What this weekend’s series comes down to is a match-up between the major league’s most potent offense and the major league’s stingiest pitching staff (2.57 R/G). In an identical number of games, the Yankee offense has scored 55 more runs than the Red Sox’s pitchers have allowed, that’s 253 percent as many runs (or, inversely, just 40 percent as many allowed by the Sox). The Yankees faced a similar situation heading into Oakland last week and played three games decided in the victor’s final at-bat. Here’s hoping this series is similarly exciting.


Note: The Yankees have optioned Darrell Rasner to Scranton in order to add Colter Bean to the bullpen for tonight’s game. Rasner was going to be squeezed out of the rotation anyway by the returns of Karstens (tomorrow), Wang (Tuesday), and Mussina (hopefully Friday). Bean, however, will likey be sent right back to Scranton tomorrow when Karstens is activated. It’s a smart move to maximize the roster, just as they did by adding Chris Britton to the pen this past Sunday when Mussina and Pavano hit the DL, but it’s unfortunate that their one game with a nine-man pen will come on the night that they have their best available starter pitching. Bean was outstanding in spring training, but has had a rough early going in triple-A this year. It wouldn’t be a wise move necessarily, but part of me would love to see him come in as a ROOGY to retire Manny in a big spot tonight. Rasner, meanwhile, acquitted himself well in his last two starts after struggling with what was described as a weather-related blister problem in his first start. I can’t quite figure out how extreme cold can lead to blisters, unless his problem was that his fingers were being rubbed raw. Nonetheless, there was no mention of a reoccurrence in either of his last two outings and he said he felt really good after yesterday’s start despite his early exit.

Boston Red Sox

2006 Record: 86-76 (.531)
2006 Pythagorean Record: 81-81 (.500)

Manager: Terry Francona
General Manager: Theo Epstein

Home Ballpark (2006 Park Factors): Fenway Park (102/101)

Who’s Replacing Whom?

Dustin Pedroia replaces Mark Loretta
Julio Lugo replaces Alex Gonzalez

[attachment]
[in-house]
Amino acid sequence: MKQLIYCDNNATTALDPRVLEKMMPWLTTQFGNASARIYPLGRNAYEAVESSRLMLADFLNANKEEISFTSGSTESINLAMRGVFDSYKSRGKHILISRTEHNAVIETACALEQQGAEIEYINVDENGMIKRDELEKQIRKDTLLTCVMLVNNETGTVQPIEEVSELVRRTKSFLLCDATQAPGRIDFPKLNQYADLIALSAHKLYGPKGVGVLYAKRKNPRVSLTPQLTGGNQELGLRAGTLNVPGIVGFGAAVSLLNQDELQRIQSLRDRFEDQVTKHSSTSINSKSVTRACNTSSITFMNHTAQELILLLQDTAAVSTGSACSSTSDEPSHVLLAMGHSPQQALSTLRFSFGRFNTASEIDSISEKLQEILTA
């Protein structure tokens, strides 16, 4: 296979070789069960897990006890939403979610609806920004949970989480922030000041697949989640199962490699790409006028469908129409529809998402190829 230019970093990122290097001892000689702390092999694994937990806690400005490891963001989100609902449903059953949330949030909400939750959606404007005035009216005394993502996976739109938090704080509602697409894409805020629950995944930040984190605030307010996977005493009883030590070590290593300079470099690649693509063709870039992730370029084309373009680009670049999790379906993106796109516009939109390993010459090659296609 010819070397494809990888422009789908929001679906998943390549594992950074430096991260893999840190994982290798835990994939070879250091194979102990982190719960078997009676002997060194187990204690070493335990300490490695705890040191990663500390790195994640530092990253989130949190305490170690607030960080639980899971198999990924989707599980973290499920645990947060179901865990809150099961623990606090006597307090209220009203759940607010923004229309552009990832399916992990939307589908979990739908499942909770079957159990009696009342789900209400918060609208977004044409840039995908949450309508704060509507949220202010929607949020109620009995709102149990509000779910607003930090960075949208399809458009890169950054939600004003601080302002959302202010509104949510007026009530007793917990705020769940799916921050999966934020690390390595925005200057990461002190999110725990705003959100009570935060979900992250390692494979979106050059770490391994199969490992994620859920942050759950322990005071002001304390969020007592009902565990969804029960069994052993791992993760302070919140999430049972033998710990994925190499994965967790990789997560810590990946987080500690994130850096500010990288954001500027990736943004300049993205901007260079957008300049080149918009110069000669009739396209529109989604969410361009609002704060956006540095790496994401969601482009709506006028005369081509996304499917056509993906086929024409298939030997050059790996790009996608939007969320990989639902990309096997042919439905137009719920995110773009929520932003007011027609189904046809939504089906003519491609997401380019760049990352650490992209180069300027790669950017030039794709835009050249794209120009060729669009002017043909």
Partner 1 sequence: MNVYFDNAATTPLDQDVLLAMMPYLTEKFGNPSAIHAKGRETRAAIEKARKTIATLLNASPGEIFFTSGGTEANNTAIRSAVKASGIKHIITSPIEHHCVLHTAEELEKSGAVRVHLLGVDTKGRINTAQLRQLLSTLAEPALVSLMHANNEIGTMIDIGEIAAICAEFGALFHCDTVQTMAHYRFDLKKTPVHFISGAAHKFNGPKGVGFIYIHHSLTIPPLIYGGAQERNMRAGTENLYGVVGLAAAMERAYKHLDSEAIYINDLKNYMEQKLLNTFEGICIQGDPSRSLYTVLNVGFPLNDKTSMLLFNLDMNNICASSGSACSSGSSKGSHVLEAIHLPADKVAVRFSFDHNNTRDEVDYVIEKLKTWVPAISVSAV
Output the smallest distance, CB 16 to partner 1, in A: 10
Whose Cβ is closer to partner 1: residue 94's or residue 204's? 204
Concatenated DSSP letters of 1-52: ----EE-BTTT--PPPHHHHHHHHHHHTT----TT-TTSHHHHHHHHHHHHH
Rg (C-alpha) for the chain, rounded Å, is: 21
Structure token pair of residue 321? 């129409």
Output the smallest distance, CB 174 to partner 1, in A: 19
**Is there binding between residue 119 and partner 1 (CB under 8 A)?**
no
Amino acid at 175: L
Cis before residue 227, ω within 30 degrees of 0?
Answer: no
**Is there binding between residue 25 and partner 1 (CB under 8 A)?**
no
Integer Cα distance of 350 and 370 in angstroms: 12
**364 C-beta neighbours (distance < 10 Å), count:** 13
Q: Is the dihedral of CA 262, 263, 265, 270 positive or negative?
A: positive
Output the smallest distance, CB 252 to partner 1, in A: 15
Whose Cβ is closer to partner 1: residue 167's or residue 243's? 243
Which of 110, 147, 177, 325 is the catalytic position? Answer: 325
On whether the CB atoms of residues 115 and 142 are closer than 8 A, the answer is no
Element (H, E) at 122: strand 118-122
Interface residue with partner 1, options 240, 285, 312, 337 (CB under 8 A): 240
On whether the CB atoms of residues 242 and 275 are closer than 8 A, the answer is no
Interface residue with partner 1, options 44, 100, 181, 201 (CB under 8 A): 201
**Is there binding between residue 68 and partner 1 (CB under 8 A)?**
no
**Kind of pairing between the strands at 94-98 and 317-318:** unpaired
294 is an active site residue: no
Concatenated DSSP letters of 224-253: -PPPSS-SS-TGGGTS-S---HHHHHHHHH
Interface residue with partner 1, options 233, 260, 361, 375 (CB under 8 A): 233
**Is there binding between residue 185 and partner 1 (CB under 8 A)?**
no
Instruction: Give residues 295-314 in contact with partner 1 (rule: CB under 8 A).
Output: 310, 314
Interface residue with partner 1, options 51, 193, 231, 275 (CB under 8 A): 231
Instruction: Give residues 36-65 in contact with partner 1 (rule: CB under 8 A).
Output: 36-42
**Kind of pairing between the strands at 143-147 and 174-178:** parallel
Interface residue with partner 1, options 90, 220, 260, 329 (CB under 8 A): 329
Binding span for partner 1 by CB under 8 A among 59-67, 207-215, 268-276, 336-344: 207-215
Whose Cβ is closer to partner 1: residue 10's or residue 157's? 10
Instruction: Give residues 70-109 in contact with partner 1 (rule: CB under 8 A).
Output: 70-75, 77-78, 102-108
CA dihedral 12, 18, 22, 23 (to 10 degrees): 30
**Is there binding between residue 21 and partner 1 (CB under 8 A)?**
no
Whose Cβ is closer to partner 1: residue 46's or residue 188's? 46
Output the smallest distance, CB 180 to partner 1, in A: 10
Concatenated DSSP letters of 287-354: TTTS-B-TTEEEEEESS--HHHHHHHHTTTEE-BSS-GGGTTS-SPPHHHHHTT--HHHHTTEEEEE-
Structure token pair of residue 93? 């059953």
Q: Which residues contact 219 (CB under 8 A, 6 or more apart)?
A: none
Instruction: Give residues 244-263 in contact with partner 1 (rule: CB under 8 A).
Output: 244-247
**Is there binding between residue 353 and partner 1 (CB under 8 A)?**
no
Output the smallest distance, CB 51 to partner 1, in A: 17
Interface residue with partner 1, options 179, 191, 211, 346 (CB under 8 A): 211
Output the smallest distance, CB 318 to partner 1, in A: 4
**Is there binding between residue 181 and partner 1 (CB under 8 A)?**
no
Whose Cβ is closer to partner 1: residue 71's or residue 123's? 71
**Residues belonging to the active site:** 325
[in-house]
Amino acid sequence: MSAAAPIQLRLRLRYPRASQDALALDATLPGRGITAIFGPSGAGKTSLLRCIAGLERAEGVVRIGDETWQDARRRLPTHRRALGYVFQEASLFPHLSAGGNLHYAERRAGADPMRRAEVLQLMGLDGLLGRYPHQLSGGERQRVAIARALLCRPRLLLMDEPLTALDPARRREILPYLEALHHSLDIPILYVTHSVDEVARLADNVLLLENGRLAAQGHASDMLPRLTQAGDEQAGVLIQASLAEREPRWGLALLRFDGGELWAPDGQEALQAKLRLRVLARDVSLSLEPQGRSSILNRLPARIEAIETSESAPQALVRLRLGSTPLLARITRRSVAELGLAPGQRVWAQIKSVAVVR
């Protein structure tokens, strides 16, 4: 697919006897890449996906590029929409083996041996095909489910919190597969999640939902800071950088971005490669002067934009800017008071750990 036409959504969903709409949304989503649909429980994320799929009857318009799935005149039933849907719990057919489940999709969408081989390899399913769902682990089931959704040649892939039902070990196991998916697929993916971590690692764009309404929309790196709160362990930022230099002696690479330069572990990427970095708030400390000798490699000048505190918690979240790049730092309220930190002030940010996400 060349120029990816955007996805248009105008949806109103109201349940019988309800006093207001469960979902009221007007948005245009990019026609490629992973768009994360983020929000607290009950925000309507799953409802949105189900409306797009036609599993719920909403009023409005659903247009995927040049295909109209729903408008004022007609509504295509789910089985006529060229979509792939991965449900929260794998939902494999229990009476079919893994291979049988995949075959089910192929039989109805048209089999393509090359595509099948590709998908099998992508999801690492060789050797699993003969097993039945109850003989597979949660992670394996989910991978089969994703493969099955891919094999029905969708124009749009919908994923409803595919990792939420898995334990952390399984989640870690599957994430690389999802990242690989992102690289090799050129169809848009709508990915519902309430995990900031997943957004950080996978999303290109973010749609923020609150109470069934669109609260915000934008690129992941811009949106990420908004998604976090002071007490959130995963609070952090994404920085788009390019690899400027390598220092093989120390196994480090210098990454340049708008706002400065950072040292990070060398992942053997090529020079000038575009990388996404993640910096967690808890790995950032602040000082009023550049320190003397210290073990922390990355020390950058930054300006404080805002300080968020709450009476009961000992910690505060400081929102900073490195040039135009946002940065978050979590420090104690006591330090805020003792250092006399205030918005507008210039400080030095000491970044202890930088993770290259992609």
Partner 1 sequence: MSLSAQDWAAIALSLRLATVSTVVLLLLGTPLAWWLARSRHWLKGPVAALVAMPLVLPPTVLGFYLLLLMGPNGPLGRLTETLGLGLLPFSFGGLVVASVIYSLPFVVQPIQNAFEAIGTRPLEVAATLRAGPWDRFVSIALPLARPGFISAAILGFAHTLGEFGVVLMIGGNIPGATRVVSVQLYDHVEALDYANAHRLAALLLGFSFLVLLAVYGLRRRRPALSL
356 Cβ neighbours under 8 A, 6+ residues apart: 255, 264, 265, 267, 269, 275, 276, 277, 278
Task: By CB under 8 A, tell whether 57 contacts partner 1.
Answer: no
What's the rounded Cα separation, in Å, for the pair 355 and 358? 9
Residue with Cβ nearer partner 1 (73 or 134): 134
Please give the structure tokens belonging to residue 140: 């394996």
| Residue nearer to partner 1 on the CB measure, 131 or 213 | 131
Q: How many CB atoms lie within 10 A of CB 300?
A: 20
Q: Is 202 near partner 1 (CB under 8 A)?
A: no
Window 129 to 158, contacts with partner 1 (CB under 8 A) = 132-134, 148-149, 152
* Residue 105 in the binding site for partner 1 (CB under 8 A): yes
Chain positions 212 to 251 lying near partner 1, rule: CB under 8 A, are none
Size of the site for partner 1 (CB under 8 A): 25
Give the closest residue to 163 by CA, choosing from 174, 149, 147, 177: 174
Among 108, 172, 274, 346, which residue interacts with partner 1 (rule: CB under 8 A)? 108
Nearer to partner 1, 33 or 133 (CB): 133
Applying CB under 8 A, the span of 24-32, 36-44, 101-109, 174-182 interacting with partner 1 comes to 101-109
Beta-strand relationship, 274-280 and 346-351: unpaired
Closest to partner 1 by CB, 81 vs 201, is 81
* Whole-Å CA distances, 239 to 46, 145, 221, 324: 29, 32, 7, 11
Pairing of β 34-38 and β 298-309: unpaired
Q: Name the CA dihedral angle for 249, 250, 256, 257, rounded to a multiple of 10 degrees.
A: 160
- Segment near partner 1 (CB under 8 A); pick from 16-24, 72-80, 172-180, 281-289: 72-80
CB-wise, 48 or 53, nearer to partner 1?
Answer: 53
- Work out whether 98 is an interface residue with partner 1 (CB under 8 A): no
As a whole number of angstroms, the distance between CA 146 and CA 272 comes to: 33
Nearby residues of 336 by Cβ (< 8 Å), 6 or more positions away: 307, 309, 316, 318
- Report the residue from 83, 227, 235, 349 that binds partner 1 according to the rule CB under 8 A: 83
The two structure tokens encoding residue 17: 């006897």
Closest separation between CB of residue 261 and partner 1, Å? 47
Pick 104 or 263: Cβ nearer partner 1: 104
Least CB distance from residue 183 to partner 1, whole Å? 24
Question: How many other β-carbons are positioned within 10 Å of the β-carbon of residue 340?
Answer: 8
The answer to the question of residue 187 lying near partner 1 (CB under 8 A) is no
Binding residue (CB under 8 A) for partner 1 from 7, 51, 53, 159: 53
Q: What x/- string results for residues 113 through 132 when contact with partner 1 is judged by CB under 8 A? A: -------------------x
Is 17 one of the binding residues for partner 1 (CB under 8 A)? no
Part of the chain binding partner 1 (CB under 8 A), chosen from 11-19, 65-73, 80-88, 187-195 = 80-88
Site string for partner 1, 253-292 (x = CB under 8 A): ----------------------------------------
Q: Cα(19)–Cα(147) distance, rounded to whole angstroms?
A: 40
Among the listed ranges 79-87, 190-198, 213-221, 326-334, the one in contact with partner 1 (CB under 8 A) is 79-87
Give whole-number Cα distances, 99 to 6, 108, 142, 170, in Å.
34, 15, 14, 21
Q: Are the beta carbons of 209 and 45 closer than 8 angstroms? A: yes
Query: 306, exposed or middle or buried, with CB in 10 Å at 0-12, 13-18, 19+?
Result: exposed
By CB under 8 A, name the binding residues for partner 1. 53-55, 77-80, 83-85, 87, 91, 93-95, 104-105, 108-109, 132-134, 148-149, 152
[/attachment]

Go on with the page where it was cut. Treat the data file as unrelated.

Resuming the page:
J. D. Drew replaces Trot Nixon and Gabe Kapler
Daisuke Matsuzaka replaces David Wells, Matt Clement (DL) and Kyle Snyder’s starts
Julian Tavarez replaces Jon Lester (DL), Lenny DiNardo and Jason Johnson
Brendan Donnelly replaces Julian Tavarez’s relief innings
J. C. Romero replaces Keith Foulke
Hideki Okajima replaces Rudy Seanez and Javier Lopez (minors)
Joel Pineiro replaces Manny Delcarmen
Kyle Snyder replaces Craig Hansen

Opening Day Roster:

1B – Kevin Youkilis (R)
2B – Dustin Pedroia (R)
SS – Julio Lugo (R)
3B – Mike Lowell (R)
C – Jason Varitek (S)
RF – J. D. Drew (L)
CF – Coco Crisp (S)
LF – Manny Ramirez (R)
DH – David Ortiz (L)


L – Eric Hinske (UT)
L – Alex Cora (IF)
R – Wily Mo Peña (OF)
R – Doug Mirabelli (C)


R – Curt Schilling
R – Josh Beckett
R – Daisuke Matsuzaka
R – Tim Wakefield
R – Julian Tavarez


R – Jonathan Papelbon
R – Mike Timlin
R – Brendan Donnelly
L – J. C. Romero
L – Hideki Okajima
R – Joel Pineiro
R – Kyle Snyder

15-day DL: R – Jon Lester, R – Matt Clement


R – Julio Lugo (SS)
R – Kevin Youkilis (1B)
L – David Ortiz (DH)
R – Manny Ramirez (RF)
L – J. D. Drew (RF)*
R – Mike Lowell (3B)
S – Jason Varitek (C)
S – Coco Crisp (CF)
R – Dustin Pedroia (2B)

*The Sox’s last two starts against lefties have seen J. D. Drew sit in favor of Wily Mo Peña. In that lineup, Crisp hits second, Youkilis hits fifth, and Peña hits eighth.

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"This ain't football. We do this every day."
--Earl Weaver